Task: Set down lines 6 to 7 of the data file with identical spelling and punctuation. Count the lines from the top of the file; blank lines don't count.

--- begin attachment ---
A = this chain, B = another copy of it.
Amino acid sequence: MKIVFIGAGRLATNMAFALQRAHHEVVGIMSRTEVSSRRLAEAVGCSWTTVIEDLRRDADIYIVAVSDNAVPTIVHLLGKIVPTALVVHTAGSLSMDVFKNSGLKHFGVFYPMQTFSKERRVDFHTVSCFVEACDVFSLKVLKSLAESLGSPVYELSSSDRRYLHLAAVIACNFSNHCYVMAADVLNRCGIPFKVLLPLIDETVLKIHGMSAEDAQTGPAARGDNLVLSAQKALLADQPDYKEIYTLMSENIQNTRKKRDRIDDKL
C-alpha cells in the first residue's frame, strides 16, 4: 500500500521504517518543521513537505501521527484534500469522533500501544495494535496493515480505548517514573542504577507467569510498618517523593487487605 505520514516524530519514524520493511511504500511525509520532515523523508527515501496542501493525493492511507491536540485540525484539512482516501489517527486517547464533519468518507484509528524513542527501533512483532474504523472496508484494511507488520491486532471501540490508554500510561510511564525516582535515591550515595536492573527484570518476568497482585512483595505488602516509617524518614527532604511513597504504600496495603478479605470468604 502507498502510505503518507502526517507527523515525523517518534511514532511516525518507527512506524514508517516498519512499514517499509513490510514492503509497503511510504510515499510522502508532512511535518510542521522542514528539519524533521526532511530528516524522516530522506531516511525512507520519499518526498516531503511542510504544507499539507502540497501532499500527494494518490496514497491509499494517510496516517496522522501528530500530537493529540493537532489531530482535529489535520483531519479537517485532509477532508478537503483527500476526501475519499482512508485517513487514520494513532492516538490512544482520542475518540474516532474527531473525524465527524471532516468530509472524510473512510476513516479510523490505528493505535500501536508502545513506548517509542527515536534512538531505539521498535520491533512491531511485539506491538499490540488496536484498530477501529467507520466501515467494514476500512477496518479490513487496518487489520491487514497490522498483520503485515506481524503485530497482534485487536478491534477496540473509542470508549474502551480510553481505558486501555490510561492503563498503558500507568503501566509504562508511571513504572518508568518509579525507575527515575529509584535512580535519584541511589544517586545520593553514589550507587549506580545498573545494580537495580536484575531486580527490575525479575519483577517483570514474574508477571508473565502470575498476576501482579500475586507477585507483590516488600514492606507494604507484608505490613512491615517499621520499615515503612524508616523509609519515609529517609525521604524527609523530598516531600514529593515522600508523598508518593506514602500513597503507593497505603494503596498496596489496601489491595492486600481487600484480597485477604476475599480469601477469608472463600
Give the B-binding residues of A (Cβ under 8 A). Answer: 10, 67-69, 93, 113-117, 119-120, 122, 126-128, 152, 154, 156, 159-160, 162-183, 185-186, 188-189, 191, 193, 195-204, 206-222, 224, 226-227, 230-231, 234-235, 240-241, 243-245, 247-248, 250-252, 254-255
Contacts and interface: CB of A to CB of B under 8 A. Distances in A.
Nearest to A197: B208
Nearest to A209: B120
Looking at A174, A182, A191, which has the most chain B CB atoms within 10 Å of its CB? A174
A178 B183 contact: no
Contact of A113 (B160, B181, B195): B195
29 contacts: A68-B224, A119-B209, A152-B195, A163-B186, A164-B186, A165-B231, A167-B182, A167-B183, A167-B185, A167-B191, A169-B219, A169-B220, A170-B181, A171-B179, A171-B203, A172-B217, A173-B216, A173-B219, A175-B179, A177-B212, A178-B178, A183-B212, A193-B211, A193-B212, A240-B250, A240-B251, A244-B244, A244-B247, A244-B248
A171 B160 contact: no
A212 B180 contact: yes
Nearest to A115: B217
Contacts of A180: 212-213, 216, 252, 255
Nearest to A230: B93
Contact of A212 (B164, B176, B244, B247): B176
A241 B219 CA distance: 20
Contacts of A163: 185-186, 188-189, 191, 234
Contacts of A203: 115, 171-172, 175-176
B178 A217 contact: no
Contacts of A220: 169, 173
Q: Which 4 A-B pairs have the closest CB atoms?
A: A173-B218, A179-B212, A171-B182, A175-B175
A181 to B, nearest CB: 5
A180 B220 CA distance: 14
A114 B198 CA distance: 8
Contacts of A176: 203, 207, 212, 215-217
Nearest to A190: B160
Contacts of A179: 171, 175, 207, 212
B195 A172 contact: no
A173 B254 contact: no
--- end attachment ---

Nearest to A197: B208
Nearest to A209: B120